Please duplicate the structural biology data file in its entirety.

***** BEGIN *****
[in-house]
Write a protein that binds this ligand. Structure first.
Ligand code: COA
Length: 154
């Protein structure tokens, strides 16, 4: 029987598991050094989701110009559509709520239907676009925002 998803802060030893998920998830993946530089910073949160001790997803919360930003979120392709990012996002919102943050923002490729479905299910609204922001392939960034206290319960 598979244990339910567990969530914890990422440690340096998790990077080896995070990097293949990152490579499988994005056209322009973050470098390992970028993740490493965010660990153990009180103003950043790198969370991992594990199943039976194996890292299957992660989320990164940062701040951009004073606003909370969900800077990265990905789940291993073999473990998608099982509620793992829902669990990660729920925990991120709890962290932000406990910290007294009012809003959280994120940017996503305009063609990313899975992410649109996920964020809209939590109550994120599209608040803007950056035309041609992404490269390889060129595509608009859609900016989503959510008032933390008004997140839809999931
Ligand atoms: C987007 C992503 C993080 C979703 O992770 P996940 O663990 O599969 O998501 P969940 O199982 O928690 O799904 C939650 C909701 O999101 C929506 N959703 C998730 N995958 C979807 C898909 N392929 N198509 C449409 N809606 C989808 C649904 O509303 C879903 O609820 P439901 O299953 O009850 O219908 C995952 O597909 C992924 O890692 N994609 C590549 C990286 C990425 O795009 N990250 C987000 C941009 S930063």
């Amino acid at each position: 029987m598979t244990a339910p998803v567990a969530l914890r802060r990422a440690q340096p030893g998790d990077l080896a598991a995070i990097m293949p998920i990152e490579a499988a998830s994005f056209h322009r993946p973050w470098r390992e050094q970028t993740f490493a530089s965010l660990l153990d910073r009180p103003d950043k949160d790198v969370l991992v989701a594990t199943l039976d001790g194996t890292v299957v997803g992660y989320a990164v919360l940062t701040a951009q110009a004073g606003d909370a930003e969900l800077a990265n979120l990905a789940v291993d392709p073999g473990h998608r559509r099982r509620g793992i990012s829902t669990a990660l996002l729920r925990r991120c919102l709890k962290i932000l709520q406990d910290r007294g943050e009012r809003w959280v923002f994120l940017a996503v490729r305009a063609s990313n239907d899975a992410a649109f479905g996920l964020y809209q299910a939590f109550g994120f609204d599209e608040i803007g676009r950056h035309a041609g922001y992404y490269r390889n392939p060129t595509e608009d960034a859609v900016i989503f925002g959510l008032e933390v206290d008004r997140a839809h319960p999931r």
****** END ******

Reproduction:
[in-house]
Write a protein that binds this ligand. Structure first.
Ligand code: COA
Length: 154
């Protein structure tokens, strides 16, 4: 029987598991050094989701110009559509709520239907676009925002 998803802060030893998920998830993946530089910073949160001790997803919360930003979120392709990012996002919102943050923002490729479905299910609204922001392939960034206290319960 598979244990339910567990969530914890990422440690340096998790990077080896995070990097293949990152490579499988994005056209322009973050470098390992970028993740490493965010660990153990009180103003950043790198969370991992594990199943039976194996890292299957992660989320990164940062701040951009004073606003909370969900800077990265990905789940291993073999473990998608099982509620793992829902669990990660729920925990991120709890962290932000406990910290007294009012809003959280994120940017996503305009063609990313899975992410649109996920964020809209939590109550994120599209608040803007950056035309041609992404490269390889060129595509608009859609900016989503959510008032933390008004997140839809999931
Ligand atoms: C987007 C992503 C993080 C979703 O992770 P996940 O663990 O599969 O998501 P969940 O199982 O928690 O799904 C939650 C909701 O999101 C929506 N959703 C998730 N995958 C979807 C898909 N392929 N198509 C449409 N809606 C989808 C649904 O509303 C879903 O609820 P439901 O299953 O009850 O219908 C995952 O597909 C992924 O890692 N994609 C590549 C990286 C990425 O795009 N990250 C987000 C941009 S930063």
């Amino acid at each position: 029987m598979t244990a339910p998803v567990a969530l914890r802060r990422a440690q340096p030893g998790d990077l080896a598991a995070i990097m293949p998920i990152e490579a499988a998830s994005f056209h322009r993946p973050w470098r390992e050094q970028t993740f490493a530089s965010l660990l153990d910073r009180p103003d950043k949160d790198v969370l991992v989701a594990t199943l039976d001790g194996t890292v299957v997803g992660y989320a990164v919360l940062t701040a951009q110009a004073g606003d909370a930003e969900l800077a990265n979120l990905a789940v291993d392709p073999g473990h998608r559509r099982r509620g793992i990012s829902t669990a990660l996002l729920r925990r991120c919102l709890k962290i932000l709520q406990d910290r007294g943050e009012r809003w959280v923002f994120l940017a996503v490729r305009a063609s990313n239907d899975a992410a649109f479905g996920l964020y809209q299910a939590f109550g994120f609204d599209e608040i803007g676009r950056h035309a041609g922001y992404y490269r390889n392939p060129t595509e608009d960034a859609v900016i989503f925002g959510l008032e933390v206290d008004r997140a839809h319960p999931r």